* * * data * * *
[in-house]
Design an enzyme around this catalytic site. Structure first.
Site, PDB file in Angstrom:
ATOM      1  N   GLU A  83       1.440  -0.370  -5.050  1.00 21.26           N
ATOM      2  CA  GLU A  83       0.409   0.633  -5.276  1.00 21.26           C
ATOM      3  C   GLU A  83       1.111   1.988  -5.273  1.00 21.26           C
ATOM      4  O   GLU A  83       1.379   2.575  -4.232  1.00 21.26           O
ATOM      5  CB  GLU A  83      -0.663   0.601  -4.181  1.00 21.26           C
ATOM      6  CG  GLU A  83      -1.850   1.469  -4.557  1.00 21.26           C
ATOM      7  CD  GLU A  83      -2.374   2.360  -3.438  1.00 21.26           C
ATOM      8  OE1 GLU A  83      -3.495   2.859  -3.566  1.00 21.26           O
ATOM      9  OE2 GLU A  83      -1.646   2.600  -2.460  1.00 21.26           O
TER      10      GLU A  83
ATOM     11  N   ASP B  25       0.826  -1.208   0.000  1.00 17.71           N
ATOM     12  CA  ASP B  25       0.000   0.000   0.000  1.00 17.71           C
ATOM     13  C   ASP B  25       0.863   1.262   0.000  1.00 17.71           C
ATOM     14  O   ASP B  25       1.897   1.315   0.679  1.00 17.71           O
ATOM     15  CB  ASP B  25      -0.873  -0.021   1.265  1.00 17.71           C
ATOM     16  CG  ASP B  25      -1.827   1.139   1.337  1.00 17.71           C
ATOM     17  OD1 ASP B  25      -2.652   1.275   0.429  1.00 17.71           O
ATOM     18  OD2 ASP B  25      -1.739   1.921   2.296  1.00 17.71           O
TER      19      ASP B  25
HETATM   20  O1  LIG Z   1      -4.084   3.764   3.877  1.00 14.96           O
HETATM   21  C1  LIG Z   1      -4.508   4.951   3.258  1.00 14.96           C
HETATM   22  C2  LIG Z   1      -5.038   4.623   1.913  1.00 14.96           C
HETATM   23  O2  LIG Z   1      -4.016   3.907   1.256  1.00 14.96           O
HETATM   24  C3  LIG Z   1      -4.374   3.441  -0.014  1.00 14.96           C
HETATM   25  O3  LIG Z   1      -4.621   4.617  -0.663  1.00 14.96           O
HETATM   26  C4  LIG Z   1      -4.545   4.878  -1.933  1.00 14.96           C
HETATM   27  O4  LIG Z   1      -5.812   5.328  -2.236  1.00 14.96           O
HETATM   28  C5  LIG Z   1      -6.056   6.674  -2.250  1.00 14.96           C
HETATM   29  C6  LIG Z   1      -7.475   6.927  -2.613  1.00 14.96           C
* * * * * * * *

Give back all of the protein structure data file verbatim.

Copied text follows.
[in-house]
Design an enzyme around this catalytic site. Structure first.
Site, PDB file in Angstrom:
ATOM      1  N   GLU A  83       1.440  -0.370  -5.050  1.00 21.26           N
ATOM      2  CA  GLU A  83       0.409   0.633  -5.276  1.00 21.26           C
ATOM      3  C   GLU A  83       1.111   1.988  -5.273  1.00 21.26           C
ATOM      4  O   GLU A  83       1.379   2.575  -4.232  1.00 21.26           O
ATOM      5  CB  GLU A  83      -0.663   0.601  -4.181  1.00 21.26           C
ATOM      6  CG  GLU A  83      -1.850   1.469  -4.557  1.00 21.26           C
ATOM      7  CD  GLU A  83      -2.374   2.360  -3.438  1.00 21.26           C
ATOM      8  OE1 GLU A  83      -3.495   2.859  -3.566  1.00 21.26           O
ATOM      9  OE2 GLU A  83      -1.646   2.600  -2.460  1.00 21.26           O
TER      10      GLU A  83
ATOM     11  N   ASP B  25       0.826  -1.208   0.000  1.00 17.71           N
ATOM     12  CA  ASP B  25       0.000   0.000   0.000  1.00 17.71           C
ATOM     13  C   ASP B  25       0.863   1.262   0.000  1.00 17.71           C
ATOM     14  O   ASP B  25       1.897   1.315   0.679  1.00 17.71           O
ATOM     15  CB  ASP B  25      -0.873  -0.021   1.265  1.00 17.71           C
ATOM     16  CG  ASP B  25      -1.827   1.139   1.337  1.00 17.71           C
ATOM     17  OD1 ASP B  25      -2.652   1.275   0.429  1.00 17.71           O
ATOM     18  OD2 ASP B  25      -1.739   1.921   2.296  1.00 17.71           O
TER      19      ASP B  25
HETATM   20  O1  LIG Z   1      -4.084   3.764   3.877  1.00 14.96           O
HETATM   21  C1  LIG Z   1      -4.508   4.951   3.258  1.00 14.96           C
HETATM   22  C2  LIG Z   1      -5.038   4.623   1.913  1.00 14.96           C
HETATM   23  O2  LIG Z   1      -4.016   3.907   1.256  1.00 14.96           O
HETATM   24  C3  LIG Z   1      -4.374   3.441  -0.014  1.00 14.96           C
HETATM   25  O3  LIG Z   1      -4.621   4.617  -0.663  1.00 14.96           O
HETATM   26  C4  LIG Z   1      -4.545   4.878  -1.933  1.00 14.96           C
HETATM   27  O4  LIG Z   1      -5.812   5.328  -2.236  1.00 14.96           O
HETATM   28  C5  LIG Z   1      -6.056   6.674  -2.250  1.00 14.96           C
HETATM   29  C6  LIG Z   1      -7.475   6.927  -2.613  1.00 14.96           C